Doctors treating Teddy Hall student Kentaro Ikeda following his attack say they must wait seven days before they will be able to tell if Mr Ikeda has suffered brain damage.

Medical staff at the John Radcliffe hospital later treated Mr Ikeda for severe head injuries and a fractured skull. They have described his condition as being critical.

Thames Valley Police announced today that they have found a weapon which they believe caused the injuries to the Oxford University student in an attack yesterday morning.

“We have found an object, which we believe to be the weapon used to cause Mr
Ikeda’s injuries,” a spokesman has said, though police did not confirm what sort of weapon it was.

Mr Ikeda, a 26-year-old postgraduate student, was attacked while walking on a cycle path early yesterday morning.

Passers-by found Mr Ikeda at 2am lying on the path which runs between Ferry Road and the University Parks in North Oxford. The area was cordoned off by police while a forensic search was conducted.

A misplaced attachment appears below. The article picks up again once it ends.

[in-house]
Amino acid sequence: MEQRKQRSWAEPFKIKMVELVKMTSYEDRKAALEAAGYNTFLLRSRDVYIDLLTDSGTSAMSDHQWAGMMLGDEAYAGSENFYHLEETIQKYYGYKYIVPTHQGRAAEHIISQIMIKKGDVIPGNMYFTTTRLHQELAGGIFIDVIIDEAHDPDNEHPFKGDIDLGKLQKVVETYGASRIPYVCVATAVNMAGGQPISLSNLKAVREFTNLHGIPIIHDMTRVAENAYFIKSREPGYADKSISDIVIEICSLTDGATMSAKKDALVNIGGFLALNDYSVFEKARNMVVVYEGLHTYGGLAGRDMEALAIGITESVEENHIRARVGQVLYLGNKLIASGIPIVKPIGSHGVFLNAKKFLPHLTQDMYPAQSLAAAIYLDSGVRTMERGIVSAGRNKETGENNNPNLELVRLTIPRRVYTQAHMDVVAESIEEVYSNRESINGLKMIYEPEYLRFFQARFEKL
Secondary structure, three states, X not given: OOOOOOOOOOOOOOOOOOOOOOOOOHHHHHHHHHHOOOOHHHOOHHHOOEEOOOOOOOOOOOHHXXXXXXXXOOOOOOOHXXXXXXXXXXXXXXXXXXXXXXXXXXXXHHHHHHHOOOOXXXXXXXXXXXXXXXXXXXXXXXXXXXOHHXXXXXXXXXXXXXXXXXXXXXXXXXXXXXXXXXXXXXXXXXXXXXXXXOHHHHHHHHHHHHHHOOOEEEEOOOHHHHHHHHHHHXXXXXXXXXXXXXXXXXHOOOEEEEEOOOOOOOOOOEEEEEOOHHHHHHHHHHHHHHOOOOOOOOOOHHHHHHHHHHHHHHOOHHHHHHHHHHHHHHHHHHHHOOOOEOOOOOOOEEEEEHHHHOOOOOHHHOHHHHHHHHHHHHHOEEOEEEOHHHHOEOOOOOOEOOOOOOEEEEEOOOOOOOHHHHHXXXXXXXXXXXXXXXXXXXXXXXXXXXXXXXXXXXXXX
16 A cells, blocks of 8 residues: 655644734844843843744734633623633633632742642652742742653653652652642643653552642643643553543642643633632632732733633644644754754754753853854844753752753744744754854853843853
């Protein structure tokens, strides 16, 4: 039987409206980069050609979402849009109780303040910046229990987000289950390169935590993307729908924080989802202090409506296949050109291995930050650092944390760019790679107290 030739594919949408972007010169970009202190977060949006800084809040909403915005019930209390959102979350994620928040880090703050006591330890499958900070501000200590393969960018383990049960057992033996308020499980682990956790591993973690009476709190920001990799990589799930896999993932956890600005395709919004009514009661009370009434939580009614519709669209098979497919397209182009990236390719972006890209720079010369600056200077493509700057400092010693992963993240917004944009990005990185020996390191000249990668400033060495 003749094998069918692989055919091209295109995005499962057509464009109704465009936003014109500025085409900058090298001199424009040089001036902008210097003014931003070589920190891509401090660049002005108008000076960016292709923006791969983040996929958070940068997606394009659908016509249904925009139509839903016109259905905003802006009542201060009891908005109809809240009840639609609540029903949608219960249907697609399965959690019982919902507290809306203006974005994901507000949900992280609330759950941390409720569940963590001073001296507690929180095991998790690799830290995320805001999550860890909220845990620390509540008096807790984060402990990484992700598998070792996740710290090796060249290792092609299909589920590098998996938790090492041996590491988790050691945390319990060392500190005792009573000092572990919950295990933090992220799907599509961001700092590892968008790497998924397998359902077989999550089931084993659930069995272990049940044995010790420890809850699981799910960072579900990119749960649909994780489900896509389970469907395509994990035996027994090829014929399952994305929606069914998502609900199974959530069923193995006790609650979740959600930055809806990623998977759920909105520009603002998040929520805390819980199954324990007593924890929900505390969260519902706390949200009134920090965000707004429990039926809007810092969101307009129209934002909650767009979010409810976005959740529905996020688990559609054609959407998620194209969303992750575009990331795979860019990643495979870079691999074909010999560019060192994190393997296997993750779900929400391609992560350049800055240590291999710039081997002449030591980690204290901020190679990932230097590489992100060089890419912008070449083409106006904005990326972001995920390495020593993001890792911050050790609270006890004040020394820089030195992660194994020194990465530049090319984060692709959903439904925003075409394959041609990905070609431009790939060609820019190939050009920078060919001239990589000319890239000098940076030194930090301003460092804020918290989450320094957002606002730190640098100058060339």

A rucksack belonging to Mr Ikeda was found nearly half a mile away and police have said that they believe a bicycle (a black and grey mountain bike with green panniers) was also stolen during the incident.

Mr Ikeda is currently a student of St Edmund Hall and comes from the Japanese island of Fukushima. He previously studied at Leicester University.

Det Ch Insp George Bain, leading the investigation into the attack, told the Oxford Mail, “I am appealing to the four people who were with Mr Ikeda when the ambulance arrived to contact the police.

“There were two men giving first aid, an Asian woman and a man who directed the ambulance crew to the scene.

“This is a brutal attack and we need to find out what happened to Mr Ikeda” he added.

Thames Valley Police have also said that they did not know how long Mr Ikeda was unconscious before he was found by passers-by.

Anyone who witnessed the attack or who has information which could aid the police in their investigation has been urged to contact Thames Valley Police on 08458 505505 or Crimestoppers on 0800 555 111.